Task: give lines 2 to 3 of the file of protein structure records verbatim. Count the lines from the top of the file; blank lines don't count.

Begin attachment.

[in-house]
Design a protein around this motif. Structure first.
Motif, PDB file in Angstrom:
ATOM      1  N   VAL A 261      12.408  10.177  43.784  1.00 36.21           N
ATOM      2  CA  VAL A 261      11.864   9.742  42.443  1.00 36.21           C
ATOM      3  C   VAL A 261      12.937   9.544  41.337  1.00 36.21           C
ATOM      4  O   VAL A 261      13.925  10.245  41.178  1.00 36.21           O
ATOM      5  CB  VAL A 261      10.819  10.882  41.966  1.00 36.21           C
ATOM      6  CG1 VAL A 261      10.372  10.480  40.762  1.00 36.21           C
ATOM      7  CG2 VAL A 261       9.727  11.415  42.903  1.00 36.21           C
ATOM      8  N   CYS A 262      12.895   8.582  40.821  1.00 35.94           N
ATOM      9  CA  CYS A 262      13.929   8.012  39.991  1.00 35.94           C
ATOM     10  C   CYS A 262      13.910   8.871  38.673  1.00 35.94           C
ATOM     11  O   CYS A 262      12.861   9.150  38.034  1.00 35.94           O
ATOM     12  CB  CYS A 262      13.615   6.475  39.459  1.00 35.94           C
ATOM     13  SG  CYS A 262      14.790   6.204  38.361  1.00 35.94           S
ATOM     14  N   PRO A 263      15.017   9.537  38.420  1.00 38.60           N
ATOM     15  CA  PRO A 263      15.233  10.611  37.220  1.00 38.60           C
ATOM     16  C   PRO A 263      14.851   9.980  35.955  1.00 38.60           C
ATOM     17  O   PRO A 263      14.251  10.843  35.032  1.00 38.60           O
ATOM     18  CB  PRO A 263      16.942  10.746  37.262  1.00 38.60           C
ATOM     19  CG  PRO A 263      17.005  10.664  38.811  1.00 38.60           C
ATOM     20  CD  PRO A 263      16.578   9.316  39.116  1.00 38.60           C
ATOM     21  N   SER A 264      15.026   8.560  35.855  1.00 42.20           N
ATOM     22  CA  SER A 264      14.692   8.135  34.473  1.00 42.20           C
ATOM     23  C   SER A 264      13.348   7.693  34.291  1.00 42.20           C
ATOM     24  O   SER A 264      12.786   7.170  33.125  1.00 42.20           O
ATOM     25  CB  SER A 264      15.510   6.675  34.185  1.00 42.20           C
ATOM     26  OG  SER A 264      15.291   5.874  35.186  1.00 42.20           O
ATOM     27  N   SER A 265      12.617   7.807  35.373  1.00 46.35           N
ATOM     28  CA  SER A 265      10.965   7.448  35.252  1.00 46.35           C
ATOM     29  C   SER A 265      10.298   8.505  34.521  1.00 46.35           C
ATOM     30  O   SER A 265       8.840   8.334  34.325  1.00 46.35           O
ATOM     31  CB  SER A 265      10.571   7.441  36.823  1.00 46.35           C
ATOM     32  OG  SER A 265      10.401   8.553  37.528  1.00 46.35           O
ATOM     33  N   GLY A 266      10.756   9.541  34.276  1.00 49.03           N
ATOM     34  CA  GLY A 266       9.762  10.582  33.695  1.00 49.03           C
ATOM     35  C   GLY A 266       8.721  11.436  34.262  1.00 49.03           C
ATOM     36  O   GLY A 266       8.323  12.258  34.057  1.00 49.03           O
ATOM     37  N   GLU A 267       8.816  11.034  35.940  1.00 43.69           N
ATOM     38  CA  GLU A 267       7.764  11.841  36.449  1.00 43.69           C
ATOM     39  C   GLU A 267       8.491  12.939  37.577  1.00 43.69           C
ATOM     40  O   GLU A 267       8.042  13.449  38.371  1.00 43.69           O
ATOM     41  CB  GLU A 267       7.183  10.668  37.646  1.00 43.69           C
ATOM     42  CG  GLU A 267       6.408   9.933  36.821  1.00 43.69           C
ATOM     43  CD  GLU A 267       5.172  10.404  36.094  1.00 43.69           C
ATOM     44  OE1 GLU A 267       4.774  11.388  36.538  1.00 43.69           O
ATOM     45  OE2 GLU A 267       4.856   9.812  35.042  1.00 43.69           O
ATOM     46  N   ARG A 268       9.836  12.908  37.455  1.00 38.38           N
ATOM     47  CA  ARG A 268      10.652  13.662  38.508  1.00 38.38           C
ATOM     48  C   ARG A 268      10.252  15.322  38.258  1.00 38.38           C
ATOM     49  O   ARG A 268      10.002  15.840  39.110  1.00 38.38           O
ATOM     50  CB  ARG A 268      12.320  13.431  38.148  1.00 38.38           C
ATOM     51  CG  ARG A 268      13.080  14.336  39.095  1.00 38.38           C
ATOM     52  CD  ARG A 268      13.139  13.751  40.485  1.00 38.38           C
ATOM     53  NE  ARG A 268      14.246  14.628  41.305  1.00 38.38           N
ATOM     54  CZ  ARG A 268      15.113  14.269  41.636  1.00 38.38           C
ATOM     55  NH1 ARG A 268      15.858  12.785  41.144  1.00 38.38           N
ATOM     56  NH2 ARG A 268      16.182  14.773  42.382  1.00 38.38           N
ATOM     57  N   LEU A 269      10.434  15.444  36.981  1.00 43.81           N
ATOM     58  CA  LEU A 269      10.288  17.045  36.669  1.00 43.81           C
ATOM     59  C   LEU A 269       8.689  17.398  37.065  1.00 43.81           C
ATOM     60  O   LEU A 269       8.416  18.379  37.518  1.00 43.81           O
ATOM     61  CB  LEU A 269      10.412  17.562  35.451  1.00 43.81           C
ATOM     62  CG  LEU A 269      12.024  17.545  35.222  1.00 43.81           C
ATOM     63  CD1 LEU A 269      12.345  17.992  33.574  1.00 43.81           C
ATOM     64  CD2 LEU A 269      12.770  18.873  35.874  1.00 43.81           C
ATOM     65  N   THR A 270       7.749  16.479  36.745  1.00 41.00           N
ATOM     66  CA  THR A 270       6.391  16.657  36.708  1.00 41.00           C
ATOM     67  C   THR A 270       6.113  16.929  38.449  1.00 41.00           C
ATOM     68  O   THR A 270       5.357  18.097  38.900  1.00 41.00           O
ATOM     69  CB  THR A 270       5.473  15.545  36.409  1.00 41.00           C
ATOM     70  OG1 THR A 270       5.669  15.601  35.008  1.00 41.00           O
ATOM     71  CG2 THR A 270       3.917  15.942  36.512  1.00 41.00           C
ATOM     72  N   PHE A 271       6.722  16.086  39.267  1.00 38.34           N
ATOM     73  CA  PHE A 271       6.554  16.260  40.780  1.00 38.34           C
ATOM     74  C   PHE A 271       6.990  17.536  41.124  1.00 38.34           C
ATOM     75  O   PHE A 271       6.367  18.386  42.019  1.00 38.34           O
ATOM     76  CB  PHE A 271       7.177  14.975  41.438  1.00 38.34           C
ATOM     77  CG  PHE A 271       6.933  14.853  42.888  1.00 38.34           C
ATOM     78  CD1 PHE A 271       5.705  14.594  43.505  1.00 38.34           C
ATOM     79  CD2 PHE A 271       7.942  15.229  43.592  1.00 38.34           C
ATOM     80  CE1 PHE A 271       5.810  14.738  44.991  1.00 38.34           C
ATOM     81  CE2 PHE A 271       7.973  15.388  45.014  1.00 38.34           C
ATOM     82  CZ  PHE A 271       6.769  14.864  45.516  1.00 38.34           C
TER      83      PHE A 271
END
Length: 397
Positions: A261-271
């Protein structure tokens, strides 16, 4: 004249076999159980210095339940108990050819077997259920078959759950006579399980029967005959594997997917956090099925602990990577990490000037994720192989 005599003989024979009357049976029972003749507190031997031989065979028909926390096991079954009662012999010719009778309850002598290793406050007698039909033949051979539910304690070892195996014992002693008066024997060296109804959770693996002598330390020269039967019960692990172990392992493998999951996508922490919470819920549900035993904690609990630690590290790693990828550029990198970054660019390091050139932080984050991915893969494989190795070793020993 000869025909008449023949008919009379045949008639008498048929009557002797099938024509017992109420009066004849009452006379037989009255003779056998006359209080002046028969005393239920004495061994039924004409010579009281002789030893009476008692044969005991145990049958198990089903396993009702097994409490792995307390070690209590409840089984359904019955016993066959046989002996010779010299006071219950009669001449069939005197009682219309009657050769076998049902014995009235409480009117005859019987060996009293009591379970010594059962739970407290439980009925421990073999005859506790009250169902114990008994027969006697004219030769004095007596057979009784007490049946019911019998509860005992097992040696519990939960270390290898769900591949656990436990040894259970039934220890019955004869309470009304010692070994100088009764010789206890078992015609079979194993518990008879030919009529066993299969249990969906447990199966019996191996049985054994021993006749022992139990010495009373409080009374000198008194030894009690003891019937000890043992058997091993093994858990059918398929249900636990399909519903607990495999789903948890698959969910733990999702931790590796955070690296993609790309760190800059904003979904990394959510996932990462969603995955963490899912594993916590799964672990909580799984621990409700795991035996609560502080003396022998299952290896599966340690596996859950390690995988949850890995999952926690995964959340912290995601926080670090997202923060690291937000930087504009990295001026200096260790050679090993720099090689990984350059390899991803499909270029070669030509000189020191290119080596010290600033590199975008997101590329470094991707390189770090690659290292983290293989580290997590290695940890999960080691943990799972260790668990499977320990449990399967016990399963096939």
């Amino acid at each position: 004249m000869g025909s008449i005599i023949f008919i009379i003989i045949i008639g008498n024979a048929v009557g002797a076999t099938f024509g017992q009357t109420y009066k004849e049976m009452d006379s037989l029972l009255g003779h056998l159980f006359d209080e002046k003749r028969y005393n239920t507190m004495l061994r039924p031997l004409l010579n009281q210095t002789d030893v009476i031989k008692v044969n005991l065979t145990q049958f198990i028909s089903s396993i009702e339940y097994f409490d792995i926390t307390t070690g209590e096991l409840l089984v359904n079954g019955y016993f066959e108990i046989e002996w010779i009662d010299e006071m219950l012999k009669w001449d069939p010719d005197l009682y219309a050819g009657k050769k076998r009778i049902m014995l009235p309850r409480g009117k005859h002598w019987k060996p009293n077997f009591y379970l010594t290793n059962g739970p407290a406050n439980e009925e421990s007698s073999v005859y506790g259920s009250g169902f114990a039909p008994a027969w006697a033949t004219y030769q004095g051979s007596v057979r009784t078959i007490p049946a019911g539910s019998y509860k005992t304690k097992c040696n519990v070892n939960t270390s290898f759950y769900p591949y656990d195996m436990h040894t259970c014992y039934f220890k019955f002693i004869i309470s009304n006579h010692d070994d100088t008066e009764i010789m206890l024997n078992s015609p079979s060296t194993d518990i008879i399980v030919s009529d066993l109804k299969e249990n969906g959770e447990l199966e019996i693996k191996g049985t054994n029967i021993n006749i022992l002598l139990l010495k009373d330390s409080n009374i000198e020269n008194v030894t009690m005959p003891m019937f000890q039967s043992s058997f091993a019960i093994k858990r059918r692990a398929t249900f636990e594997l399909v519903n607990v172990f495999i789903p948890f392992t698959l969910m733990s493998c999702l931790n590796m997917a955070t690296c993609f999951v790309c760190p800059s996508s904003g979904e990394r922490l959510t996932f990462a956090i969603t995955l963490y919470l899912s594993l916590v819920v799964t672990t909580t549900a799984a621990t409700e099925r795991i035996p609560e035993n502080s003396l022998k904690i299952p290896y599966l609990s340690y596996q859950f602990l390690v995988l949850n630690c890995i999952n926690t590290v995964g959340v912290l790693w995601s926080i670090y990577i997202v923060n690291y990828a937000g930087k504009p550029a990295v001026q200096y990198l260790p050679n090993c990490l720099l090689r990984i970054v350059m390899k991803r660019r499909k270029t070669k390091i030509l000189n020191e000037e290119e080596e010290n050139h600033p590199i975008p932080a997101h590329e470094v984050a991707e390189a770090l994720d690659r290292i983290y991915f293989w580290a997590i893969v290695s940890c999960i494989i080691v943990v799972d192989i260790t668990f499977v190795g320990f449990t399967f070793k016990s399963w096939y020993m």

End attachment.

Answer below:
Design a protein around this motif. Structure first.
Motif, PDB file in Angstrom: